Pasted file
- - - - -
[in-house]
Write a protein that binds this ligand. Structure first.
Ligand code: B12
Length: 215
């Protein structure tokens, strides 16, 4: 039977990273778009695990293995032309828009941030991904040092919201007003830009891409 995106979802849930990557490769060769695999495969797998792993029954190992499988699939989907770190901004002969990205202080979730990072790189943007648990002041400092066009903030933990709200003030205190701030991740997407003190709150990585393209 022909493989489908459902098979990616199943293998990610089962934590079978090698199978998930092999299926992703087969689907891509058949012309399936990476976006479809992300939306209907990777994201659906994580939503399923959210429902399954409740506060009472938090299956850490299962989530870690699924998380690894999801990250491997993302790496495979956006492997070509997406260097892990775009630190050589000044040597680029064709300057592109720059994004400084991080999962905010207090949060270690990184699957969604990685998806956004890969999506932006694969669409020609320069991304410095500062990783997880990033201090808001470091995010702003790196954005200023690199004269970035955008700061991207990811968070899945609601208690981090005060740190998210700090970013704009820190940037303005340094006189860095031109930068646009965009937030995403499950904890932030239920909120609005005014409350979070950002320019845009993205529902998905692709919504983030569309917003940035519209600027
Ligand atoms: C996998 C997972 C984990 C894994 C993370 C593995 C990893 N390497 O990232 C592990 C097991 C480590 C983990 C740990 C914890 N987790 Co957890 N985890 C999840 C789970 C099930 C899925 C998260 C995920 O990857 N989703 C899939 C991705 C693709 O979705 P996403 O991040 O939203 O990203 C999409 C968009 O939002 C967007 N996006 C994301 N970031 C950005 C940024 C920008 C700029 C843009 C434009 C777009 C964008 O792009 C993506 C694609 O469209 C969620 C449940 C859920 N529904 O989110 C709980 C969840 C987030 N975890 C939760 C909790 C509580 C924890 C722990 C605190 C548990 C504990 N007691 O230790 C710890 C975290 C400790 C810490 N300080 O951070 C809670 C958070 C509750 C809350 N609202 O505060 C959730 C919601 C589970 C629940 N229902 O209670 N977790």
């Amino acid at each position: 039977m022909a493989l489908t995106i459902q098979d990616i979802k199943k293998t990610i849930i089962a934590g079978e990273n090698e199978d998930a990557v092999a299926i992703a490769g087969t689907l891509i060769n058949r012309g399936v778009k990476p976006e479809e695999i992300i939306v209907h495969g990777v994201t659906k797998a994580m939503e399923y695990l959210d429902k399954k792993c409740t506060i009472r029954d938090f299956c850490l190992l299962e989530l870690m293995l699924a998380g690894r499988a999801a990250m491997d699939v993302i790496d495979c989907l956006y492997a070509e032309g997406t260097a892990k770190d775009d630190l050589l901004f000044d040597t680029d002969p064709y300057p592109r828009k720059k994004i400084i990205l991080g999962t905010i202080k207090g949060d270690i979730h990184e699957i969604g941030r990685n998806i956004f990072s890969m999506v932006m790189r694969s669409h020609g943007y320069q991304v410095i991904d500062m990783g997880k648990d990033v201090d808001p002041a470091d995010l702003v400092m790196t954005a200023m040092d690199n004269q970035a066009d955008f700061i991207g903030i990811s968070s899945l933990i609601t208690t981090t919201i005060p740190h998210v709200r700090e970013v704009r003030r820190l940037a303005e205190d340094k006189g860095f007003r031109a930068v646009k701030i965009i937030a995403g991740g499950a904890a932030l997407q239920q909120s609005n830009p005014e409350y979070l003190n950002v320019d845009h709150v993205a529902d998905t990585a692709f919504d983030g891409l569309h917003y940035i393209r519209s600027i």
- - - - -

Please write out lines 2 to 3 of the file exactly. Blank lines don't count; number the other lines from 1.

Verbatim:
Write a protein that binds this ligand. Structure first.
Ligand code: B12